However, as I shared in an earlier blog, when I personally attempt to write about romantic love, someone always has to die. Yes, no matter how many times I’ve tried there is never a happily ever after for my lovelorn characters. I must insert here, for those who don’t know me personally, this is not the case in my own life. In my own life, I’ve been happily married for 28 years. Okay, there were rocky times, how could there not be with eight children (big surprise—this is the love I mainly focus on in my fictional and memoir writing—a mother’s love, or lack there of), two parents working full time, and no “Alice” to have meals prepared at the end of the day (for you youngsters Google “The Brady Bunch”)? But isn’t that what true love is? In going through the gauntlet, aren’t you supposed to find the “Holy Grail” at the end?  Well, at any rate, the happy survival of a long-term marriage is just one of the many scenarios of this thing called, love.

I also use prompts when looking for new painting ideas. Here are the results of the, For the Love of…paintings. One of them even elicited a poem.

 

For the Love of a Cold Heart

“Ice Heart” and Original Painting by Cheryl Owen-Wilson

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For the Love of the Universe

“Cosmic Heart” and Original Painting by Cheryl Owen-Wilson

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For the Love of Clouds

“Heart Sylphs” and Original Painting by Cheryl Owen-Wilson

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For the Love of a Music Continue reading

To Purge or Not to Purge

By Cheryl Owen-Wilson

To purge, or not to purge, that is the question.  Whether ‘tis nobler to allow our minds to wallow in misery,  hoarding our past misfortunes, and sorrows.  Or to purge, to purge all from our being, so creativity may blossom and flourish in its wake.

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To Purge—The act of ridding one’s self of unwanted feelings, memories and conditions. In doing so, one hopes to experience a sense of cathartic release.

It’s a New Year, and along with the New Year many make resolutions for change. In order to do so, they look back at the past 365 days and resolve to make the new ones better. Some examples of mine would be—writing that novel, losing those pounds, taking that trip, and on, and on. However, I’ve discovered the old year will follow me into the new one unless I—purge. For me it was never a question, to purge or not to purge. What was my question for years was—how? I stumbled upon my answer over 10 years ago, when I wrote my first, end of year, Christmas Letter. Yes, I’m one of those people. But once again, through the power of the written word, a great mental purge was discovered.

I utilize the craft of fiction, poetry, and memoir in my annual Christmas Letter, and since I write about my husband, our seven children, five grandchildren, and myself you can only imagine the length of said letter. Our children have taken to calling it, Our Mother’s Annual, Award Winning, Best in Fiction, Family News Paper. I call it my, End of Year Purge, because, we’re a very large family, with many personalities, and lives, and my aging brain can’t possibly remember it all, no matter how hard I try.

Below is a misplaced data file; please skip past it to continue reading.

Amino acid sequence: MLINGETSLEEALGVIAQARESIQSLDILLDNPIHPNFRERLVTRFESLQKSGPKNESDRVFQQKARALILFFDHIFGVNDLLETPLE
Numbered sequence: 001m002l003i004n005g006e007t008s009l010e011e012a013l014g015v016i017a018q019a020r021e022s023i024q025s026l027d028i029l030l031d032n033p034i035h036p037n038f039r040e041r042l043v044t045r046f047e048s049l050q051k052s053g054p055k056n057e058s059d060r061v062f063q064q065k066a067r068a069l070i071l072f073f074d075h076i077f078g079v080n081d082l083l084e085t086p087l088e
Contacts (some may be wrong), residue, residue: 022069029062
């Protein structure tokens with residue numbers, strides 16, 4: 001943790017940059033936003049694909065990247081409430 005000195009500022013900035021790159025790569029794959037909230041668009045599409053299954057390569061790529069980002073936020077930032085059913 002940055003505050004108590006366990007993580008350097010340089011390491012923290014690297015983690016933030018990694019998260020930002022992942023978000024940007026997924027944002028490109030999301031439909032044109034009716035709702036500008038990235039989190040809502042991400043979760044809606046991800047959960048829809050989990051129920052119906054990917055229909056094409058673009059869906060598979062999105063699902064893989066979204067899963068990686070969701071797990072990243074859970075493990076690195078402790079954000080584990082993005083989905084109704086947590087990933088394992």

So while the children’s title is all in jest, as I can attest that every word I write in the letter is the absolute truth, how do I accomplish this without giving away family secrets? I’ve found a collision of fiction, mystery, and memoir accomplishes my goal quite nicely.  It is all in the arrangement of words you see—such as saying—Betty (names have been changed to protect the innocent) spent a year exploring the many avenues available to a young woman in her 20’s. This would be my way of saying, without actually saying it—Betty, spent the year either jumping from job to job, or boyfriend, to boyfriend—you choose, as I’ve used similar phrases for both scenarios. There have also been a multitude of boyfriends, girlfriends and even the occasional husband, who’ve been featured in the letter and shown in photos only to be completely absent the next year, or replaced by another name and face entirely. This is where mystery comes in—are they buried in the back yard or been abducted by aliens? No one ever asks, and we never say. However, even with my creative narrative, the magic of the letter is that year after year it captures a chronological story of our family’s lives. Through the letter, I am able to celebrate the sweet memories and accomplishments of each and every family member, while also purging the nasty bits that occur with humor and cleaver word choices.

The second half of the Christmas letter is a poem. The poem is my way of embracing the positive world events of the past year, while purging the negative, and also remembering those whom we’ve lost. This year’s poem is shared below.